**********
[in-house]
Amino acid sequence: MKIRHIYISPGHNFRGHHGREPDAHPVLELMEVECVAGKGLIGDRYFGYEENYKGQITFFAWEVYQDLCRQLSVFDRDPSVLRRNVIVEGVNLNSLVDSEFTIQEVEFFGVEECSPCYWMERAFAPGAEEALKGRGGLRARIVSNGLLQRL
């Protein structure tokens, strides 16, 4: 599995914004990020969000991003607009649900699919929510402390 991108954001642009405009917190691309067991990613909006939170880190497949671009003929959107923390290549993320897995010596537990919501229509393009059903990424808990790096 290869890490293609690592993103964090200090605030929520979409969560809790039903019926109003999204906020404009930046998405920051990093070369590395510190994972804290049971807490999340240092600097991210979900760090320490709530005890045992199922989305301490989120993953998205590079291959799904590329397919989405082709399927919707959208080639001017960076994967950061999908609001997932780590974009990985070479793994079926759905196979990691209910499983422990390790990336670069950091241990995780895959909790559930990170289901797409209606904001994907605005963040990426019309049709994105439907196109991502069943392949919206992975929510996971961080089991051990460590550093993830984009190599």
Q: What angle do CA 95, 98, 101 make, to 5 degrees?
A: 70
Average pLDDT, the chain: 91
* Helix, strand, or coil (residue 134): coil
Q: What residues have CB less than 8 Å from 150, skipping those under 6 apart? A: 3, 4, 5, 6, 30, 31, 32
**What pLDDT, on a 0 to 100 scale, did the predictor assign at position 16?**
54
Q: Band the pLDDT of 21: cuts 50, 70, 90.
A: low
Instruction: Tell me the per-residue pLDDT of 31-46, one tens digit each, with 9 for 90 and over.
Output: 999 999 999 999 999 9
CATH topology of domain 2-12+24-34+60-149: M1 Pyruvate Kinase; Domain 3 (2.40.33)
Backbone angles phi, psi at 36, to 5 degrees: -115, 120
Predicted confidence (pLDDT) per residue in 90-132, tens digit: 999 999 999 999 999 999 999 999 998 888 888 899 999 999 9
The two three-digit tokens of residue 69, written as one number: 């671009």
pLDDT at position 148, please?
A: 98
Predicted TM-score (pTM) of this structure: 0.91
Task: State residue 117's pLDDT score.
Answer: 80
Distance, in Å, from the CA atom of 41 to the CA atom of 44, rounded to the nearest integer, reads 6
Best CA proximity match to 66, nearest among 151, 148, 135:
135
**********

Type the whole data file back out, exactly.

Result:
[in-house]
Amino acid sequence: MKIRHIYISPGHNFRGHHGREPDAHPVLELMEVECVAGKGLIGDRYFGYEENYKGQITFFAWEVYQDLCRQLSVFDRDPSVLRRNVIVEGVNLNSLVDSEFTIQEVEFFGVEECSPCYWMERAFAPGAEEALKGRGGLRARIVSNGLLQRL
């Protein structure tokens, strides 16, 4: 599995914004990020969000991003607009649900699919929510402390 991108954001642009405009917190691309067991990613909006939170880190497949671009003929959107923390290549993320897995010596537990919501229509393009059903990424808990790096 290869890490293609690592993103964090200090605030929520979409969560809790039903019926109003999204906020404009930046998405920051990093070369590395510190994972804290049971807490999340240092600097991210979900760090320490709530005890045992199922989305301490989120993953998205590079291959799904590329397919989405082709399927919707959208080639001017960076994967950061999908609001997932780590974009990985070479793994079926759905196979990691209910499983422990390790990336670069950091241990995780895959909790559930990170289901797409209606904001994907605005963040990426019309049709994105439907196109991502069943392949919206992975929510996971961080089991051990460590550093993830984009190599």
Q: What angle do CA 95, 98, 101 make, to 5 degrees?
A: 70
Average pLDDT, the chain: 91
* Helix, strand, or coil (residue 134): coil
Q: What residues have CB less than 8 Å from 150, skipping those under 6 apart? A: 3, 4, 5, 6, 30, 31, 32
**What pLDDT, on a 0 to 100 scale, did the predictor assign at position 16?**
54
Q: Band the pLDDT of 21: cuts 50, 70, 90.
A: low
Instruction: Tell me the per-residue pLDDT of 31-46, one tens digit each, with 9 for 90 and over.
Output: 999 999 999 999 999 9
CATH topology of domain 2-12+24-34+60-149: M1 Pyruvate Kinase; Domain 3 (2.40.33)
Backbone angles phi, psi at 36, to 5 degrees: -115, 120
Predicted confidence (pLDDT) per residue in 90-132, tens digit: 999 999 999 999 999 999 999 999 998 888 888 899 999 999 9
The two three-digit tokens of residue 69, written as one number: 């671009």
pLDDT at position 148, please?
A: 98
Predicted TM-score (pTM) of this structure: 0.91
Task: State residue 117's pLDDT score.
Answer: 80
Distance, in Å, from the CA atom of 41 to the CA atom of 44, rounded to the nearest integer, reads 6
Best CA proximity match to 66, nearest among 151, 148, 135:
135